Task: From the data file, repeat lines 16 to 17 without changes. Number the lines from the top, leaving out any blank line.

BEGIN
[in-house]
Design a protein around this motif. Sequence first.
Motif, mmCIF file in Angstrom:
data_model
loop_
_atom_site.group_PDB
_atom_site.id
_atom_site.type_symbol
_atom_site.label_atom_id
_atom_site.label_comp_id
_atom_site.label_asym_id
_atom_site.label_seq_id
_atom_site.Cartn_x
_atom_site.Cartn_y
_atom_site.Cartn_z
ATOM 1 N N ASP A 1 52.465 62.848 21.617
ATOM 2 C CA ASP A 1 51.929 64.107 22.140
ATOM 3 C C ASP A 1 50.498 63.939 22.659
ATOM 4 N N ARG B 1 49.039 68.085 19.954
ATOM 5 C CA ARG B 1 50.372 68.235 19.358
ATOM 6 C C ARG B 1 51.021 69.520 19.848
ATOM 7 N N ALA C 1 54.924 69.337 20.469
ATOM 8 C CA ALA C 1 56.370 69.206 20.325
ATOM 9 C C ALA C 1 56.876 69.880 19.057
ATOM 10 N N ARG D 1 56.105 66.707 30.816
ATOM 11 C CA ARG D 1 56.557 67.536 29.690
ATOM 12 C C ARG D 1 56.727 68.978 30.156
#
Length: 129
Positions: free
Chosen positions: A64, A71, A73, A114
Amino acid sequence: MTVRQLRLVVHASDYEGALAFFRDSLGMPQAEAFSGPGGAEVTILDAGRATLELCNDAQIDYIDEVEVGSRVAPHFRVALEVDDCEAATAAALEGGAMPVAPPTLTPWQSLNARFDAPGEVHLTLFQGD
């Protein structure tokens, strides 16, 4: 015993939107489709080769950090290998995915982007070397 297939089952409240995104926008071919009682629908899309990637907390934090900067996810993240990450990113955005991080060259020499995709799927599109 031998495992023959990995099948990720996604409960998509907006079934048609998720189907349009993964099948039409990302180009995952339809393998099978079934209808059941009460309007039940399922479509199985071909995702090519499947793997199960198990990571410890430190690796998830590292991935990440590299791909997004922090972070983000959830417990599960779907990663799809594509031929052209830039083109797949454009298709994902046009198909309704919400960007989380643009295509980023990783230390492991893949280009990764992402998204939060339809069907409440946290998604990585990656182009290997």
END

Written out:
ATOM 1 N N ASP A 1 52.465 62.848 21.617
ATOM 2 C CA ASP A 1 51.929 64.107 22.140